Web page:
Since Puller was technically a chief warrant officer in the CID, or Criminal Investigation Command, of the United States Army, those in uniform referred to him as “Chief.” He was not a commissioned officer like those who had graduated from West Point. He had started his Army career as an enlisted man, and thus was lower in rank than Shorr.

  “I don’t understand, sir,” he said.

  At nearly six feet four he towered over the two men. His height came from his father. His calm demeanor came from his mother. His father had two emotional settings: loud and DEFCON One.

  “There’s a visitors’ room down the hall,” said Shorr. “Let’s talk there.”

  He led the way to the room, found it empty, and shut the door behind them. They all sat, Puller facing the other two men.

  Shorr looked at Hull and nodded. Hull took an envelope from his pocket and tapped it against his palm.r />
  “Fort Eustis received this communication. They forwarded it to my office. We’ve been doing some digging on it. Then we found out you were scheduled to come back today, so we rode up to see you.”

  Shorr added, “I’m stationed at JBLE. That’s the connection.”

  Puller nodded. He knew that was in the Tidewater area, which included Norfolk, Hampton, and Newport News, Virginia. In 2010 the Army’s Fort Eustis in Newport News and Langley Air Force Base in nearby Hampton had come together to form the new base configuration known in the service as JBLE.

  “Transport and logistics,” noted Puller.


  “And while the Twelfth MPs are headquartered at Fort Lee, we also operate out of both JBLE and Fort Lee and constitute the CID office for JBLE,” said Hull. “I toggle back and forth. Prince George’s County isn’t that far from Tidewater.”

  Puller nodded. He knew all this. “So what’s in the letter?”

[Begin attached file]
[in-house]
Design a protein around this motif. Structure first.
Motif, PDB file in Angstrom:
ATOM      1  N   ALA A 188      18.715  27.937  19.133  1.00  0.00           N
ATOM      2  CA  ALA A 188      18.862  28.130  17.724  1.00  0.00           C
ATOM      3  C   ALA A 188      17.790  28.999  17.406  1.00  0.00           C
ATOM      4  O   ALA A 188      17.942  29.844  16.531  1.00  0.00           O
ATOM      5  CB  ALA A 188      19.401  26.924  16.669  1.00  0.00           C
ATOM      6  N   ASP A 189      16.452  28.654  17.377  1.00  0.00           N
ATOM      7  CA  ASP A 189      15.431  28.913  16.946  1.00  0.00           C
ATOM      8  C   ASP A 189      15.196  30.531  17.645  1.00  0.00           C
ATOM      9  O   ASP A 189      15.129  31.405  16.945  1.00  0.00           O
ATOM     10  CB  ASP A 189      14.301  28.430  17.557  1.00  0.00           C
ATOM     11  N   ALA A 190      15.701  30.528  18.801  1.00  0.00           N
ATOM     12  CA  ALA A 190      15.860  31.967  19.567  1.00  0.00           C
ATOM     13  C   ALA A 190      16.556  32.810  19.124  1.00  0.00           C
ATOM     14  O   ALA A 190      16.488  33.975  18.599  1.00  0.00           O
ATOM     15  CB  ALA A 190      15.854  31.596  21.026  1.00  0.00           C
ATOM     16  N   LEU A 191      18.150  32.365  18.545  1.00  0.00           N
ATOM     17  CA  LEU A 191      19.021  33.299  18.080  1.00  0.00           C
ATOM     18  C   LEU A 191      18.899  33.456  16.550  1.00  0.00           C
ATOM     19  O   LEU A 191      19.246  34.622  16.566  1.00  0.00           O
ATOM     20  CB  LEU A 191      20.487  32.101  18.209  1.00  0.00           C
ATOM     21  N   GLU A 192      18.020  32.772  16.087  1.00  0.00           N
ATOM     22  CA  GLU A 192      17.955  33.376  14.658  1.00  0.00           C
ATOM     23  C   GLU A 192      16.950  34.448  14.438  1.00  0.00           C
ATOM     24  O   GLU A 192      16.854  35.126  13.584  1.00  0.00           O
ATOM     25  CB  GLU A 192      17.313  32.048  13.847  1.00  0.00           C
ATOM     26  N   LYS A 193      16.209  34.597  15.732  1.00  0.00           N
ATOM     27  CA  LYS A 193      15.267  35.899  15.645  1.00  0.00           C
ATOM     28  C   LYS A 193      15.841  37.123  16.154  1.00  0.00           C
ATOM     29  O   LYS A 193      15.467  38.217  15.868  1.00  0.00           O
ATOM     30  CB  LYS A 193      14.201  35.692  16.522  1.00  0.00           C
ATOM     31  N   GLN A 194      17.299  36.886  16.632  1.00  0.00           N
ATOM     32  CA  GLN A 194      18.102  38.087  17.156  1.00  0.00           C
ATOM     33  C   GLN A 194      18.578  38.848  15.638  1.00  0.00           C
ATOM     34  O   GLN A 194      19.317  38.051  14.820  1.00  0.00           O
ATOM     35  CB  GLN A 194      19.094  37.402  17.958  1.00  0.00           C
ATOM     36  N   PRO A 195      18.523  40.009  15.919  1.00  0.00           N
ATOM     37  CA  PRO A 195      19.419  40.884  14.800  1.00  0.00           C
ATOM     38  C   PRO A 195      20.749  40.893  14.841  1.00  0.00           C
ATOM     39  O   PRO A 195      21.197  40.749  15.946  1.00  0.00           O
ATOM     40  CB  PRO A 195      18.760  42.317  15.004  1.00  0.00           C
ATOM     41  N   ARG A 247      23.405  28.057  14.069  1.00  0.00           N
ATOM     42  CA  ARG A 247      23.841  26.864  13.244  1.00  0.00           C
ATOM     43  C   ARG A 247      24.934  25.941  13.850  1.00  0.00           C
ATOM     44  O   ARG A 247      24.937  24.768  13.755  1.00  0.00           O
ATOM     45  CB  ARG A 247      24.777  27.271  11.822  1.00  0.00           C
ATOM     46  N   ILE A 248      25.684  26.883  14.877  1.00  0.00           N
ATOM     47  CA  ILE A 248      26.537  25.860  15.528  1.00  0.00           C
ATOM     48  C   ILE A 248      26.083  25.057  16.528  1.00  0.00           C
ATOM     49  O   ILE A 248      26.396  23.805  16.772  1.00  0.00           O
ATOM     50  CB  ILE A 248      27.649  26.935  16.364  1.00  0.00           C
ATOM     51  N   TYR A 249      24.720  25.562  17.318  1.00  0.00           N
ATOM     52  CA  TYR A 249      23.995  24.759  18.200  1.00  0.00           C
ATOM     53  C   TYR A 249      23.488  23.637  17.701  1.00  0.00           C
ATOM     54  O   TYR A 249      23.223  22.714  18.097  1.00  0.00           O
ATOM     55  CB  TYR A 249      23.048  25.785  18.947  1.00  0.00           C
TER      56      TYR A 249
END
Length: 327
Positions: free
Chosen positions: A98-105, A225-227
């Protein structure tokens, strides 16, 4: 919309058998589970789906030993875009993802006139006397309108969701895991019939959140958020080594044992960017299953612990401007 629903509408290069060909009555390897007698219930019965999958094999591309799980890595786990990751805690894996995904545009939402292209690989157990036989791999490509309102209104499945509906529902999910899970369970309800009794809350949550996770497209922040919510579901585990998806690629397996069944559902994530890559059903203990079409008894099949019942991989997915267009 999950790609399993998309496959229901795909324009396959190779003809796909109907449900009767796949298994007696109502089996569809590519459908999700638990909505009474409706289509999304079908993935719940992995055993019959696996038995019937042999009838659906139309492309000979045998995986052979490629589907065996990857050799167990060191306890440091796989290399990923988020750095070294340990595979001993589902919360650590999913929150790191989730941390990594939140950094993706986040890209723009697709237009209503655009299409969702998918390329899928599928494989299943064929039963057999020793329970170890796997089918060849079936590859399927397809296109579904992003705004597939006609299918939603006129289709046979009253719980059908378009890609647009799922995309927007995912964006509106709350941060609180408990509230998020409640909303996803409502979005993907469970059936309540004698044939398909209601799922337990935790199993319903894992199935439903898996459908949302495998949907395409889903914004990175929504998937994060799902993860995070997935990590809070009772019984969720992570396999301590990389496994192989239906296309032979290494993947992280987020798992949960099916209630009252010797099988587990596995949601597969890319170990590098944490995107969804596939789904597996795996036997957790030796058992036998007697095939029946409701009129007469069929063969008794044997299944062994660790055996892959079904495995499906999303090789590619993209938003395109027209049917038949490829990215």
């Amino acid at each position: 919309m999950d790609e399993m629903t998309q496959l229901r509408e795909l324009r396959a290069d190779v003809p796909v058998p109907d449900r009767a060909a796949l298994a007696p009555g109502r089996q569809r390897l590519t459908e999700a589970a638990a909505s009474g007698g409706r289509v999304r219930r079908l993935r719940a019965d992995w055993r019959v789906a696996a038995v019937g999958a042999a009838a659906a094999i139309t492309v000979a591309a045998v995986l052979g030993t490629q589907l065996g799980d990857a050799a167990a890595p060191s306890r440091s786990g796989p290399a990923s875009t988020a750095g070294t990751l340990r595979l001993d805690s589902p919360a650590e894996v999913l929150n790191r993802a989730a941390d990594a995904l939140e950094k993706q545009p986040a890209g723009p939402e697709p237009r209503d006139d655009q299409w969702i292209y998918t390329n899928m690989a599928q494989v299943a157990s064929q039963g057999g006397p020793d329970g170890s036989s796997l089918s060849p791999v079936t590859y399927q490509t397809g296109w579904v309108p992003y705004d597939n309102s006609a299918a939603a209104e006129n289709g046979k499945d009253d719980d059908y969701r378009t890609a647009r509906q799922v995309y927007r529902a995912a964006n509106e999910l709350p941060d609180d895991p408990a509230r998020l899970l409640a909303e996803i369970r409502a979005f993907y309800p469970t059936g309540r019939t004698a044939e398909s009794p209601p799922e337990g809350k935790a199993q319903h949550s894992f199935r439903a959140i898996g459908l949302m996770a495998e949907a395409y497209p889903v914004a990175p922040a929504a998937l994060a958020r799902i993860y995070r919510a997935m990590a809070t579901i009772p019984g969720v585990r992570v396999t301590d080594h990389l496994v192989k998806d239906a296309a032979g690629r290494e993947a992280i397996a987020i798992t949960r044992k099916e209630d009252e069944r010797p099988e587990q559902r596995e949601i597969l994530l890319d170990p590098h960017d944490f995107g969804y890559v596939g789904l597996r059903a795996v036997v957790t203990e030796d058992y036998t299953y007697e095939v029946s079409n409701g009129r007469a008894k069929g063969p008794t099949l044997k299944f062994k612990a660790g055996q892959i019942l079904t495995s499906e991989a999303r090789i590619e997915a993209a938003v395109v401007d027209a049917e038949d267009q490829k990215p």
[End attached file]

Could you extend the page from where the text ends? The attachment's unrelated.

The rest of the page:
He said this warily because his father had gotten a letter once before, from his sister in Florida. That had led Puller on a journey to the Sunshine State that had very nearly cost him his life.

  “It was addressed to the CID Office at JBLE. The woman who wrote it is Lynda Demirjian?” Hull said this in an inquiring way, as though the name would mean something to Puller. “Do you remember her?”

  “Yes. From Fort Monroe. When I was a kid.”

  “She lived near you when your father was stationed there before it was closed and its operations transferred over to Fort Eustis. She was a friend of the family. More particularly, she was friends with your mother.”

  Puller thought back around thirty years and his memory finally arrived at a short, plump, pretty-faced woman who was always smiling and who baked the best cakes Puller could ever remember eating.

  “Why is she writing to CID?”

  “She’s very ill, unfortunately. Final-stage pancreatic cancer.”

  “I’m really sorry to hear that.” Puller glanced at the letter.

  Hull said, “She wrote to the CID because she was dying and she wanted to air something that she had been feeling for a long time. Almost like a deathbed statement.”

  “Okay,” said Puller, who was now growing impatient. “But what does it have to do with me? I was just a kid back then.”

  “As was your brother,” said Shorr.

  “You’re not with the MPs,” said Puller.

  Shorr shook his head. “But it was decided that some officer heft was required for this, um, meeting.”

  “And why was that?” asked Puller.

  “Mrs. Demirjian’s husband, Stan, served at Fort Monroe with your father. He was a sergeant first class back then. He’s retired now, of course. Do you remember him?”